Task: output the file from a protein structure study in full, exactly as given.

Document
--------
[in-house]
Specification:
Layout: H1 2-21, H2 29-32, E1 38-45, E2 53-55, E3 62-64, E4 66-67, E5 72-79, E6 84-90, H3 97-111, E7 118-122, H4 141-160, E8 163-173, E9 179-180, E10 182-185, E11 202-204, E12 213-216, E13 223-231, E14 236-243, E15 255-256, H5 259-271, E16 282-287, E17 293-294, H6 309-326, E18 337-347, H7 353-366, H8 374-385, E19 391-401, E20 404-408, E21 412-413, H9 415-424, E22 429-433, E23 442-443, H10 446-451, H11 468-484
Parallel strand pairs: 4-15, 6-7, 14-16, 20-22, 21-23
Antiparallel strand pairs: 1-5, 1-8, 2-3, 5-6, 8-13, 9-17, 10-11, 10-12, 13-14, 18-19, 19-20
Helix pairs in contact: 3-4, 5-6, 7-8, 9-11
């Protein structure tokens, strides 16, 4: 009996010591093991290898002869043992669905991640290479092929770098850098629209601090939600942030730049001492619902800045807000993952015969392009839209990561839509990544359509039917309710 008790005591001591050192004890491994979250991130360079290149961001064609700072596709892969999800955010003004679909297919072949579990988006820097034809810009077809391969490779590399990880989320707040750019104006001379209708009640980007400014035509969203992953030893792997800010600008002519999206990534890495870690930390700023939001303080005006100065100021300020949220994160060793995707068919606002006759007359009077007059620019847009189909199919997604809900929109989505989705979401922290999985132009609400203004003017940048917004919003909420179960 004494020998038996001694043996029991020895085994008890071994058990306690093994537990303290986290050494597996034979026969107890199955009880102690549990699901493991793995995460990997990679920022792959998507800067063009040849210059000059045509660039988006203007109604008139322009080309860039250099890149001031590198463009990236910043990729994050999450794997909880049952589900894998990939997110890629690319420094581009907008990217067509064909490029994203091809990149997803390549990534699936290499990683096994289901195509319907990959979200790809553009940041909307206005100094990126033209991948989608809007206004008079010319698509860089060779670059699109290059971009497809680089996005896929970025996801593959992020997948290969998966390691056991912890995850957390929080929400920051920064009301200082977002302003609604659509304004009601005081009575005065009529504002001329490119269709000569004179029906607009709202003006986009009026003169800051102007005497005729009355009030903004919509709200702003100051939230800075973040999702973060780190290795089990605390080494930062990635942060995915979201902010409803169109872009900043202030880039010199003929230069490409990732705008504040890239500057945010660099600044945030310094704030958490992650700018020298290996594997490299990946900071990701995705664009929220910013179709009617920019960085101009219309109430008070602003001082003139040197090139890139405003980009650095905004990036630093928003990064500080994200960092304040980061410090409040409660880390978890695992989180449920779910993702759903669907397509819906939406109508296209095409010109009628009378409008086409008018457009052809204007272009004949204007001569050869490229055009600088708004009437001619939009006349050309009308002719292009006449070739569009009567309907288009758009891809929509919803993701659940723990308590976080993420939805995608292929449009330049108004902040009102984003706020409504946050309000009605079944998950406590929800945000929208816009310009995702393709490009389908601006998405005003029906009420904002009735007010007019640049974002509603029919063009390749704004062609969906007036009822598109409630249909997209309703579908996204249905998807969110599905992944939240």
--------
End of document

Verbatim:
[in-house]
Specification:
Layout: H1 2-21, H2 29-32, E1 38-45, E2 53-55, E3 62-64, E4 66-67, E5 72-79, E6 84-90, H3 97-111, E7 118-122, H4 141-160, E8 163-173, E9 179-180, E10 182-185, E11 202-204, E12 213-216, E13 223-231, E14 236-243, E15 255-256, H5 259-271, E16 282-287, E17 293-294, H6 309-326, E18 337-347, H7 353-366, H8 374-385, E19 391-401, E20 404-408, E21 412-413, H9 415-424, E22 429-433, E23 442-443, H10 446-451, H11 468-484
Parallel strand pairs: 4-15, 6-7, 14-16, 20-22, 21-23
Antiparallel strand pairs: 1-5, 1-8, 2-3, 5-6, 8-13, 9-17, 10-11, 10-12, 13-14, 18-19, 19-20
Helix pairs in contact: 3-4, 5-6, 7-8, 9-11
């Protein structure tokens, strides 16, 4: 009996010591093991290898002869043992669905991640290479092929770098850098629209601090939600942030730049001492619902800045807000993952015969392009839209990561839509990544359509039917309710 008790005591001591050192004890491994979250991130360079290149961001064609700072596709892969999800955010003004679909297919072949579990988006820097034809810009077809391969490779590399990880989320707040750019104006001379209708009640980007400014035509969203992953030893792997800010600008002519999206990534890495870690930390700023939001303080005006100065100021300020949220994160060793995707068919606002006759007359009077007059620019847009189909199919997604809900929109989505989705979401922290999985132009609400203004003017940048917004919003909420179960 004494020998038996001694043996029991020895085994008890071994058990306690093994537990303290986290050494597996034979026969107890199955009880102690549990699901493991793995995460990997990679920022792959998507800067063009040849210059000059045509660039988006203007109604008139322009080309860039250099890149001031590198463009990236910043990729994050999450794997909880049952589900894998990939997110890629690319420094581009907008990217067509064909490029994203091809990149997803390549990534699936290499990683096994289901195509319907990959979200790809553009940041909307206005100094990126033209991948989608809007206004008079010319698509860089060779670059699109290059971009497809680089996005896929970025996801593959992020997948290969998966390691056991912890995850957390929080929400920051920064009301200082977002302003609604659509304004009601005081009575005065009529504002001329490119269709000569004179029906607009709202003006986009009026003169800051102007005497005729009355009030903004919509709200702003100051939230800075973040999702973060780190290795089990605390080494930062990635942060995915979201902010409803169109872009900043202030880039010199003929230069490409990732705008504040890239500057945010660099600044945030310094704030958490992650700018020298290996594997490299990946900071990701995705664009929220910013179709009617920019960085101009219309109430008070602003001082003139040197090139890139405003980009650095905004990036630093928003990064500080994200960092304040980061410090409040409660880390978890695992989180449920779910993702759903669907397509819906939406109508296209095409010109009628009378409008086409008018457009052809204007272009004949204007001569050869490229055009600088708004009437001619939009006349050309009308002719292009006449070739569009009567309907288009758009891809929509919803993701659940723990308590976080993420939805995608292929449009330049108004902040009102984003706020409504946050309000009605079944998950406590929800945000929208816009310009995702393709490009389908601006998405005003029906009420904002009735007010007019640049974002509603029919063009390749704004062609969906007036009822598109409630249909997209309703579908996204249905998807969110599905992944939240």